Only lately have we begun to appreciate fully the impact of filter medium resistance. Josef W Tichy explains how his company, BHS-Sonthofen, identified a gap in previously-accepted theories and the consequent potential benefits for industry.
Up until recently, it had been thought that cake filtration was sufficiently understood. However, in the early 21st century it was found that research had long overlooked one aspect – the proportion of the filter medium resistance to the total resistance of the cake filter at the end of a filtration cycle.
Previously, this was hardly ever measured, and experience led to the assumption that the value was between five and 10%. Manufacturers have reached their limits using existing theories, especially regarding the easy-to-filter materials that are increasingly used today.
Yet filter medium resistance is proving to be an important process parameter for the optimisation, simulation and design of high-performance filters in particular, as they have to cope with high quantities of filtrate. This is because the previously ignored filter medium resistance can represent quite a relevant proportion – up to 50% – of the total resistance.
Precise data, longer life
Cake filtration is commonly used in the processing of raw materials and minerals, as well as in the chemical and pharmaceutical industries. Both the separated solid material and the liquid are usually ready for immediate downstream processing. Users are demanding increasingly more efficient filter systems that operate smoothly from the first to the last filter cycle and that are available over the long term. These demands can only be met with an overall low filter cake resistance.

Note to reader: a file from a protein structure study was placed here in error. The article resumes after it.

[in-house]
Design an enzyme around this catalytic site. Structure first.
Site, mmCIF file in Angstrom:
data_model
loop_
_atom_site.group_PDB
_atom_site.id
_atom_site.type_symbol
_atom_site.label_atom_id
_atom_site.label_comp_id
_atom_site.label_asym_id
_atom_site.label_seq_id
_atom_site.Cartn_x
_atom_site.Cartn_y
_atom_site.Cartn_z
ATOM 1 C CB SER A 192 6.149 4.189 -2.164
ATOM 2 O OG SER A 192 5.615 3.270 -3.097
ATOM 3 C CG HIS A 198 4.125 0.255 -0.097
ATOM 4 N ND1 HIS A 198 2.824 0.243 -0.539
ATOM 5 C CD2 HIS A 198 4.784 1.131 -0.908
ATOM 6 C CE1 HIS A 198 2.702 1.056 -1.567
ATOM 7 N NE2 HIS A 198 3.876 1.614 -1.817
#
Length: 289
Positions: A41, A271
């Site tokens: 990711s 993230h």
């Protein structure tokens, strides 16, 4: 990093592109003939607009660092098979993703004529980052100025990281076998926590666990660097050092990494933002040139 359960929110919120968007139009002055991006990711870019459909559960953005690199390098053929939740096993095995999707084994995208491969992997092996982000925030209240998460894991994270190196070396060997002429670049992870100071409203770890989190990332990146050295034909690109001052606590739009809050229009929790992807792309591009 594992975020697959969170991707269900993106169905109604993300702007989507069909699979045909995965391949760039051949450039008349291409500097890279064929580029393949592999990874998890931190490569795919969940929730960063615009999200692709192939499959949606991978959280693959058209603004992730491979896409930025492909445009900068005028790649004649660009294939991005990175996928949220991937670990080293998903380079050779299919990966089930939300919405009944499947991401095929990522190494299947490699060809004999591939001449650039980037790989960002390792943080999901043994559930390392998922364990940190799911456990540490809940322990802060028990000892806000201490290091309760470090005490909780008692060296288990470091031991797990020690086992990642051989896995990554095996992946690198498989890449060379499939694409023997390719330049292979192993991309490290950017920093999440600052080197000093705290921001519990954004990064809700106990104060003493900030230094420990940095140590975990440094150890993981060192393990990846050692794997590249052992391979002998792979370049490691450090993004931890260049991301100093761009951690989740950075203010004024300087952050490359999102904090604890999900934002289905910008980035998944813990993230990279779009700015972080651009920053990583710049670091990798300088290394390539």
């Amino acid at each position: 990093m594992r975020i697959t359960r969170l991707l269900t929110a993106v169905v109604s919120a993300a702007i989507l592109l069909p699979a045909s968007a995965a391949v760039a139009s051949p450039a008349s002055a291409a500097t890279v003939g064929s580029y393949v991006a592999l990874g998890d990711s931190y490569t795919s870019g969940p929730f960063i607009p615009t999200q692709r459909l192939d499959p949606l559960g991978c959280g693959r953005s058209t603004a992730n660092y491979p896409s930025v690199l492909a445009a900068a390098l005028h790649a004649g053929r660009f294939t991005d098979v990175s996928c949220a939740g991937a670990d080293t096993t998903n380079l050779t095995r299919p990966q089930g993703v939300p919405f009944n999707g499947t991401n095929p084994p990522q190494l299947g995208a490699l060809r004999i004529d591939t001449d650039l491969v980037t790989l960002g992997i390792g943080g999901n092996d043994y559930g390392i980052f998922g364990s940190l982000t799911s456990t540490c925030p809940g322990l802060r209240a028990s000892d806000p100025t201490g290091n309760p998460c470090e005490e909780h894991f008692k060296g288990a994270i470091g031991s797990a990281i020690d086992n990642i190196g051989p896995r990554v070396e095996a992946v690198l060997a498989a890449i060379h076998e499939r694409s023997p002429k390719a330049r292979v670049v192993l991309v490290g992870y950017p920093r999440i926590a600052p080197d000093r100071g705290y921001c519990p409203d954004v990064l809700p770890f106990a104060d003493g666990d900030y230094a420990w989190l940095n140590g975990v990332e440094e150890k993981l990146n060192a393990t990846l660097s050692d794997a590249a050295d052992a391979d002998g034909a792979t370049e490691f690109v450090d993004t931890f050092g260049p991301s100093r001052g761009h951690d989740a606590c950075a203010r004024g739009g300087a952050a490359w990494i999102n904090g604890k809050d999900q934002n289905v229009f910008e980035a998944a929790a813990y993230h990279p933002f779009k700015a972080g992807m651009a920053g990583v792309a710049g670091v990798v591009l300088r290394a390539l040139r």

The filter also needs to reach steady operation quickly after the start-up phase, be simple to clean and replacement parts need to be easy to install. At the same time, manufacturers are ensuring the machine’s function using third-party filter media. This means that filter media designers also need reliable data to offer competitive material.
Recent research was therefore able to demonstrate that the resistance of the filter medium had a substantial influence on the separation work in cake filtration overall
Cake filtration is a process used for mechanical solid-liquid separation in which solid particles contained in the suspension are retained by the filter medium and deposited on its surface. This forms a filter cake which then acts as a barrier for each new suspension element.
The filter medium is key to the composition of the filter cake, meaning it is also the key factor for particle retention. The initial phase of the filtration is of particular interest in terms of gaining a clearer insight into filter medium resistance. When pure liquid flows through the filter, the filter medium offers a certain amount of resistance against the flow.
The transfer of the flow of a liquid free from solid particles into the flow of a suspension containing particles causes a so-called resistance jump. This jump refers to the interactions between the filter medium, the liquid and the solid particles.
Operational experience gave cause for researching this resistance jump and filter medium resistance. When adjusting a rotary pressure filter to a higher filter throughput in the early 2000s, the company BHS-Sonthofen observed that the proportion of the filter medium resistance to the total resistance of the filter cake must be significantly higher than 10%. This finding established a gap in the existing filtration theory.
Research efforts have made significant progress since this discovery, and it has been possible to calculate the resistance jump with great precision. This involved a series of experiments performed on a laboratory agitated Nutsche filter – the handheld measuring device from BHS-Sonthofen. The focus of these experiments was the time- and pressuredependent accumulation of the quantity of filtrate in a certain suspension, the cake height and composition as well as the mesh adherence properties.